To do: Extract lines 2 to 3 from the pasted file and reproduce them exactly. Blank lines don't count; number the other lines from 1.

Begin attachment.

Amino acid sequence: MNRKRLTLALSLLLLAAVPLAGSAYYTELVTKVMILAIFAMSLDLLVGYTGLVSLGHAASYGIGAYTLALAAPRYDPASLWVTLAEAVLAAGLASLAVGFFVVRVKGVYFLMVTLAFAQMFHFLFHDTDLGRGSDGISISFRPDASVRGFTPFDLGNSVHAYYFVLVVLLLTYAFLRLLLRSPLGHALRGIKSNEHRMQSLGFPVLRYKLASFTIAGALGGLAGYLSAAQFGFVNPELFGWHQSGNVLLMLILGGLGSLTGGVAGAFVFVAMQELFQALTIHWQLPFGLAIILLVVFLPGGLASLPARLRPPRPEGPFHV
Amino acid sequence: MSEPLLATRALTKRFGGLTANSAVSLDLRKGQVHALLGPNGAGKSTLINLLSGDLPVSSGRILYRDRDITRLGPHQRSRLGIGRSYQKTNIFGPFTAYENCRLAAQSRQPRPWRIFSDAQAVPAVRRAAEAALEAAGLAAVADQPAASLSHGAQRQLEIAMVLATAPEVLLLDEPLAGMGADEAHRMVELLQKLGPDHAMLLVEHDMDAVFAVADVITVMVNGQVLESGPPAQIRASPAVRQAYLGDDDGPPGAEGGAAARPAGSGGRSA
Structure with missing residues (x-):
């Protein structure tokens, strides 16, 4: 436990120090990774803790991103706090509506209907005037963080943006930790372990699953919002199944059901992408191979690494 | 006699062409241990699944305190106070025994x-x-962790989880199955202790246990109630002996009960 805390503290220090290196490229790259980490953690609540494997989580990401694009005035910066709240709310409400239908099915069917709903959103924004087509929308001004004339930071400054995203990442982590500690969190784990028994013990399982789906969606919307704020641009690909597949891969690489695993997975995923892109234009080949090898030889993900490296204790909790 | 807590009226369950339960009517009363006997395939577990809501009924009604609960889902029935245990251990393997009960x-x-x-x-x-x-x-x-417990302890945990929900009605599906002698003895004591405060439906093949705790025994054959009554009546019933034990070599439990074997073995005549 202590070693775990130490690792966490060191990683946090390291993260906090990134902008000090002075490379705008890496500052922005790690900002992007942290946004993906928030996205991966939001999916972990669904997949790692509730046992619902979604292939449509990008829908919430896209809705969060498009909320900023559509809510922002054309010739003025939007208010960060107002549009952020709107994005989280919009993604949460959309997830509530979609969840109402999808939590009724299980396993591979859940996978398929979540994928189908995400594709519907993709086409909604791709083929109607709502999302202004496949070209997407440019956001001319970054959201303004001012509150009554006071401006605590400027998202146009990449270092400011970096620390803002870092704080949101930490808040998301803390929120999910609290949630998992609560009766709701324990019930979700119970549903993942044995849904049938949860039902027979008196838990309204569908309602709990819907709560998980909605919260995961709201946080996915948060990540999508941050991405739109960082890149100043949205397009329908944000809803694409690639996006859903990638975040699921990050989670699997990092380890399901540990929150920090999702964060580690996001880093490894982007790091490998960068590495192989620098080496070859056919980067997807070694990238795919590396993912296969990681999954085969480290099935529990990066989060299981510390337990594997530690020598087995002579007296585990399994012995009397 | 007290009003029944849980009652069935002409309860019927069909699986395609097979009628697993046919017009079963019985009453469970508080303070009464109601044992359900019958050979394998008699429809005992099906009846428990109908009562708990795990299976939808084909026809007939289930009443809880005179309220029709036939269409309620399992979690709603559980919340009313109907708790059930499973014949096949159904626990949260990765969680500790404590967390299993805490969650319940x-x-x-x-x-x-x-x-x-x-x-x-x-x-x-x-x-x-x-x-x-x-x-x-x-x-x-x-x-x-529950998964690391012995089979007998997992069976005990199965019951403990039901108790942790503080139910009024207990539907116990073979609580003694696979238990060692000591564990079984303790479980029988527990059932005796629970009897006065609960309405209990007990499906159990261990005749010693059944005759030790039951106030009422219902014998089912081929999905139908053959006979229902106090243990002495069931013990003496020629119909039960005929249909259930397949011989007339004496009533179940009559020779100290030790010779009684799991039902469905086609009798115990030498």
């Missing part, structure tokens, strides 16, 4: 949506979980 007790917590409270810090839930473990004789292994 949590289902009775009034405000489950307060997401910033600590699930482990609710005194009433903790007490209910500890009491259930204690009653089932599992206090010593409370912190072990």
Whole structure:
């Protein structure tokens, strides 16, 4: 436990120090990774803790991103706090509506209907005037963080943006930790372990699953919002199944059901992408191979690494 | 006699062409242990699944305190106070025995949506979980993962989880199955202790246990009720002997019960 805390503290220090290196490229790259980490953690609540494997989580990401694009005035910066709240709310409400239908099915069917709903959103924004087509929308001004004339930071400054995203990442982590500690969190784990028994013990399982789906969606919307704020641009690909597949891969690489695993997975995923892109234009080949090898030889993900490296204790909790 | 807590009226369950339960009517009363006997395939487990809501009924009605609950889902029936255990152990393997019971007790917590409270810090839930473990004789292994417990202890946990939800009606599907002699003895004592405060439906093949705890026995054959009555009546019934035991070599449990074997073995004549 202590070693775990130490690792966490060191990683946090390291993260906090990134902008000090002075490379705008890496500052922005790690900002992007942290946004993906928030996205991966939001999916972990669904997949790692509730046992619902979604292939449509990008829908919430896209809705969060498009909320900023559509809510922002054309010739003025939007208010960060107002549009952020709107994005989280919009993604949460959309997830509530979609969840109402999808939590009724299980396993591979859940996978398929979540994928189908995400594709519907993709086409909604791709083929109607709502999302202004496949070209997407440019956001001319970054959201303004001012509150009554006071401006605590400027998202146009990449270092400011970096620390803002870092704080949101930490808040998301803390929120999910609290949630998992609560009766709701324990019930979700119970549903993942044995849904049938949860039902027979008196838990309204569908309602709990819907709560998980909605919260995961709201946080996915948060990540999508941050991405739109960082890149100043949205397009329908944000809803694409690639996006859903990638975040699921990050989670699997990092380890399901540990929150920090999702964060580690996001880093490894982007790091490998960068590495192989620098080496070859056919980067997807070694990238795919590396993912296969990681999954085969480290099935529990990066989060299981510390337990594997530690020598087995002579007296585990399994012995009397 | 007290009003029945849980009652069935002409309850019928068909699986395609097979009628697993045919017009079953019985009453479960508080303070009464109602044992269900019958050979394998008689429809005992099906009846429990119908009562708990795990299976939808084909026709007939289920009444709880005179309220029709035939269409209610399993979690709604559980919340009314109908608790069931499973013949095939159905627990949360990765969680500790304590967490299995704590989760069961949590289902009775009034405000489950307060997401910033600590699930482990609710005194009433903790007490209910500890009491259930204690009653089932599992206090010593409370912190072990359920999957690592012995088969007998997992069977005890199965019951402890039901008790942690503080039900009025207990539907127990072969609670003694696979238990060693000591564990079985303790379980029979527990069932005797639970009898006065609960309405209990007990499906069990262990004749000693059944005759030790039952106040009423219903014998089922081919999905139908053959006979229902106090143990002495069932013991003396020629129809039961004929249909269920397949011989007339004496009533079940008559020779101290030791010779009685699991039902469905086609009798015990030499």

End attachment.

Amino acid sequence: MSEPLLATRALTKRFGGLTANSAVSLDLRKGQVHALLGPNGAGKSTLINLLSGDLPVSSGRILYRDRDITRLGPHQRSRLGIGRSYQKTNIFGPFTAYENCRLAAQSRQPRPWRIFSDAQAVPAVRRAAEAALEAAGLAAVADQPAASLSHGAQRQLEIAMVLATAPEVLLLDEPLAGMGADEAHRMVELLQKLGPDHAMLLVEHDMDAVFAVADVITVMVNGQVLESGPPAQIRASPAVRQAYLGDDDGPPGAEGGAAARPAGSGGRSA
Structure with missing residues (x-):